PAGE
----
Big babies were a norm in my family. My brothers and I were 8 and 9 pounders. My previous three sons were pretty close, and while every pregnancy was different, this one was special in its own way.
I’ve always enjoyed being a mom, but carrying my babies was an immersion in emotions. None were officially planned. With the first, I was both excited and frightened. The second was welcome. I felt we could shed the rookie status. The third resulted in a traumatic loss, which I still grieve annually. The fourth was harder – because he arrived during the time when I should have still been carrying his sibling. I felt so conflicted.
But this fifth one, my fourth and final boy… With him, my appreciation soared. Mommyhood in your 20s and in your 40s is so different. There’s so much more to treasure because you look at life differently. He did not fit our pattern. Unlike his brothers, he was – tiny. When I left the hospital, he had lost weight, amassing only 5 lbs. 11 oz. I could hold his entire body in a single hand.
“Mom, I feel like I’m going to break him!” I bemoaned, with all the fear of a mom starting all over again, and yet, despite his initial fragility, he grew to be the roughest and toughest of them all.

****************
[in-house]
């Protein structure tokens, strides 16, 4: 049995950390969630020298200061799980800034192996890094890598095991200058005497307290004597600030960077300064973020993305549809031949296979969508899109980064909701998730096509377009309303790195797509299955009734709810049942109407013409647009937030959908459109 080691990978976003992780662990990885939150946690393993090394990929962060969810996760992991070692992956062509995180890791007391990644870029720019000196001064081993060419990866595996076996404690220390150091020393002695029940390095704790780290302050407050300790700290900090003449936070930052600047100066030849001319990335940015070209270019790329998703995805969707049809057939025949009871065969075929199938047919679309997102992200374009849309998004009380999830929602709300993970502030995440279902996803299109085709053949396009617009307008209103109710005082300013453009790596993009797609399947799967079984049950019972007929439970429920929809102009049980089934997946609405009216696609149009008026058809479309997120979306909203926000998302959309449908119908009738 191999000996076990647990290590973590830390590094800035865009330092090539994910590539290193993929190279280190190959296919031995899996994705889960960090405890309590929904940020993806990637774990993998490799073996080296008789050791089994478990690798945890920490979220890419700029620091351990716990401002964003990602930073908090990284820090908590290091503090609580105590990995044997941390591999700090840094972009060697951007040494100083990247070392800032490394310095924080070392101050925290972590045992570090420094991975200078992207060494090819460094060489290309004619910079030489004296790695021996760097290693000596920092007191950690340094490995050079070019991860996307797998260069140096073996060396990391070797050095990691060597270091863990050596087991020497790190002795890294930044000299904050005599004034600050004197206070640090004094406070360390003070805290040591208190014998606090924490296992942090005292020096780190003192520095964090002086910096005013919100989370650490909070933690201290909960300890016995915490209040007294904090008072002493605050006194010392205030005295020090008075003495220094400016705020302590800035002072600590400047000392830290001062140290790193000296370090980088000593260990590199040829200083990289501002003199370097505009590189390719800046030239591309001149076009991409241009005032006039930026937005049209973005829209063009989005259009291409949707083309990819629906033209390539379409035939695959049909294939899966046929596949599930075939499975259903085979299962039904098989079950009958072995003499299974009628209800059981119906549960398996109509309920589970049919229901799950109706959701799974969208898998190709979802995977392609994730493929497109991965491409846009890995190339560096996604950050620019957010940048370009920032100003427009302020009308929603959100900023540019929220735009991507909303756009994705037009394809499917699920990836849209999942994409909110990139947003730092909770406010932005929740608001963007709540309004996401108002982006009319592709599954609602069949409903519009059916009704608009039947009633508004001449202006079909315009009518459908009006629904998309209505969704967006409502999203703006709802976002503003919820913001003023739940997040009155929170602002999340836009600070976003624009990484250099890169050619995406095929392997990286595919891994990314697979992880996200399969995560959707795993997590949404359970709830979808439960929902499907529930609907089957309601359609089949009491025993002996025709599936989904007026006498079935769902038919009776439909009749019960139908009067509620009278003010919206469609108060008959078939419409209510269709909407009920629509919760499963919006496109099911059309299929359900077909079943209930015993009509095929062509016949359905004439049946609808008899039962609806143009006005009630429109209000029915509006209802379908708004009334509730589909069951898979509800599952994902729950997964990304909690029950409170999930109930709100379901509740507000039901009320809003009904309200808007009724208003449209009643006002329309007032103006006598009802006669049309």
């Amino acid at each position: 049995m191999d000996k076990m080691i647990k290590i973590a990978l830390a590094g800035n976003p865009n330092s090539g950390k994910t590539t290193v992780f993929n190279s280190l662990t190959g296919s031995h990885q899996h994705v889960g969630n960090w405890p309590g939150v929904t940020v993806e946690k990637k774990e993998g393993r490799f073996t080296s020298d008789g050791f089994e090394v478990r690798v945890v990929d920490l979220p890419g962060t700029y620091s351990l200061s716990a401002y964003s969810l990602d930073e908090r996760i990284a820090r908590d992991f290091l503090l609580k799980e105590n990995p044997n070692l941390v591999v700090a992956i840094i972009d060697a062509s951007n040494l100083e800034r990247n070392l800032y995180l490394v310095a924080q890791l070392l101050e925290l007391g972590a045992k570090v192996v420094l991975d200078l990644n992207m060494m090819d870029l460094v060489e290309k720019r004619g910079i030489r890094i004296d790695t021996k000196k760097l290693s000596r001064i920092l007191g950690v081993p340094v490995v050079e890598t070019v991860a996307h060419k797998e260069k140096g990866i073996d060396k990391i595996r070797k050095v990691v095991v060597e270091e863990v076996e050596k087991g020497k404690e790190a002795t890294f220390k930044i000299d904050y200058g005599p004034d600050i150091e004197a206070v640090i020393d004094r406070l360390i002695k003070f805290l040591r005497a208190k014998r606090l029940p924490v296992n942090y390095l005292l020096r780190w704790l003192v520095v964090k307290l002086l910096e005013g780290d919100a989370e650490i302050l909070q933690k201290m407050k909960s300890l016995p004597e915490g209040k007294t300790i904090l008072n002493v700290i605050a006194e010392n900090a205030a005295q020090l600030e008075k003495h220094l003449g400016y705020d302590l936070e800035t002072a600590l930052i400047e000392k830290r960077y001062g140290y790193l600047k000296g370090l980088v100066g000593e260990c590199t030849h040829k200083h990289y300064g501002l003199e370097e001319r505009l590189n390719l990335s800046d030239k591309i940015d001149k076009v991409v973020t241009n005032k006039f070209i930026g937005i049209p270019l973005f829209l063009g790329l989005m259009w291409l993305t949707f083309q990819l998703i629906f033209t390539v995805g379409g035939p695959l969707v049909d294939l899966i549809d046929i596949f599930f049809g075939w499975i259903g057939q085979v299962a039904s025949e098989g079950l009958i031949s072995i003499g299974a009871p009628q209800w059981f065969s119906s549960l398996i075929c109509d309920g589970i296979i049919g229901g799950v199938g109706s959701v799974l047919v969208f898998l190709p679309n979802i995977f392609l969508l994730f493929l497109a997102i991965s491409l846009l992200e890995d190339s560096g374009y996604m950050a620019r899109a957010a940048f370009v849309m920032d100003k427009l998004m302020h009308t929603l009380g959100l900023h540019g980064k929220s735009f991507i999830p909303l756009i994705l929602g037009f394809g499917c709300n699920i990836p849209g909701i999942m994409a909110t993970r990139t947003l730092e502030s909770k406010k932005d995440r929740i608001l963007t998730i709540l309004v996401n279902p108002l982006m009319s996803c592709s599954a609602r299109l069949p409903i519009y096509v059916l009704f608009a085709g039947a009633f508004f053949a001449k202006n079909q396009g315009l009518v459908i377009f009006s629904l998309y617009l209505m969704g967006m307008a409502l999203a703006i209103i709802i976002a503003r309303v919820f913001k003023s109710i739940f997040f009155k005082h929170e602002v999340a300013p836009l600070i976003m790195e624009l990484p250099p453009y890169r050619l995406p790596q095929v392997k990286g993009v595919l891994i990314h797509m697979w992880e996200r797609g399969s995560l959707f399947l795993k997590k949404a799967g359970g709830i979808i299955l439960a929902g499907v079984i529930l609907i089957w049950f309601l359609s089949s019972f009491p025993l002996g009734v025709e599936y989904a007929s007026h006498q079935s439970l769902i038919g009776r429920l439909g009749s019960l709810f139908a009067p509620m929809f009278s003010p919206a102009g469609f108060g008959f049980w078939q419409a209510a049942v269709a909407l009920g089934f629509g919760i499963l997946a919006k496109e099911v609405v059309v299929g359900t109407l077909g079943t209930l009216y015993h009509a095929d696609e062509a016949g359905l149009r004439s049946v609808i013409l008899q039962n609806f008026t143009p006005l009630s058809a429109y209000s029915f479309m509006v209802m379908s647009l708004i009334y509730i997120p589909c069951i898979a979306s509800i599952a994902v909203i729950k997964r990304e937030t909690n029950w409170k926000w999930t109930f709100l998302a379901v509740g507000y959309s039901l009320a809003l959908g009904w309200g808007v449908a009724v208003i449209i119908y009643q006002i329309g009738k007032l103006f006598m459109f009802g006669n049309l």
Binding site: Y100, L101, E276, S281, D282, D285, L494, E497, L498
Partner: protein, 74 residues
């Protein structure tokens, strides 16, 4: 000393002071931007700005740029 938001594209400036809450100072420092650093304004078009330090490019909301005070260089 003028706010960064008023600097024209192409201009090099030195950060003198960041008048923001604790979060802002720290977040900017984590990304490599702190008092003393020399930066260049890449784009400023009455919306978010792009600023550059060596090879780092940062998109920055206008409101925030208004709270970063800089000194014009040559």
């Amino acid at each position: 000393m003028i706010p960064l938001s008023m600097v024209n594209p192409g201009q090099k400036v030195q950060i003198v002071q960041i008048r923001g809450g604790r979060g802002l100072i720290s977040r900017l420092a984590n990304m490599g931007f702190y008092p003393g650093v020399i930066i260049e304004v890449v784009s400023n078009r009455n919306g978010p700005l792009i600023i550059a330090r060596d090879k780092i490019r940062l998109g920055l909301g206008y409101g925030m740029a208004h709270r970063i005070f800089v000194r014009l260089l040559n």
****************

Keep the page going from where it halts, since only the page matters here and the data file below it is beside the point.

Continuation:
I’m not sure that anything adequately prepares you to be a mom. Once you begin the journey, a most adventurous ride ensues. I think I’ve now experienced every emotion on the spectrum. I feel like an expert on both heartaches and headaches.
I celebrate their triumphs and their victories, some seemingly insignificant to passersby; but, most of all, I love – the love. The tiny squeezes. The toes that brush against my leg when someone sneaks into my bed. The philosophical conversations that sound like soundbites from Kids Say the Darnedest Things. I’ve learned to stop complaining about the chaos when everyone doesn’t respond exactly the way I want – because I realize in a few short years, they’ll begin journeys of their own. They’ll all be gone…
Now, I just want to sit. To soak in the serenity of watching the four sibings submerge themselves in what will one day be their childhood memories. I want to stop the clock, stifle the static, and stay in the moment. I want to savor every second that reminds me that I’m a mom. What a gift. I will treasure it – forever.
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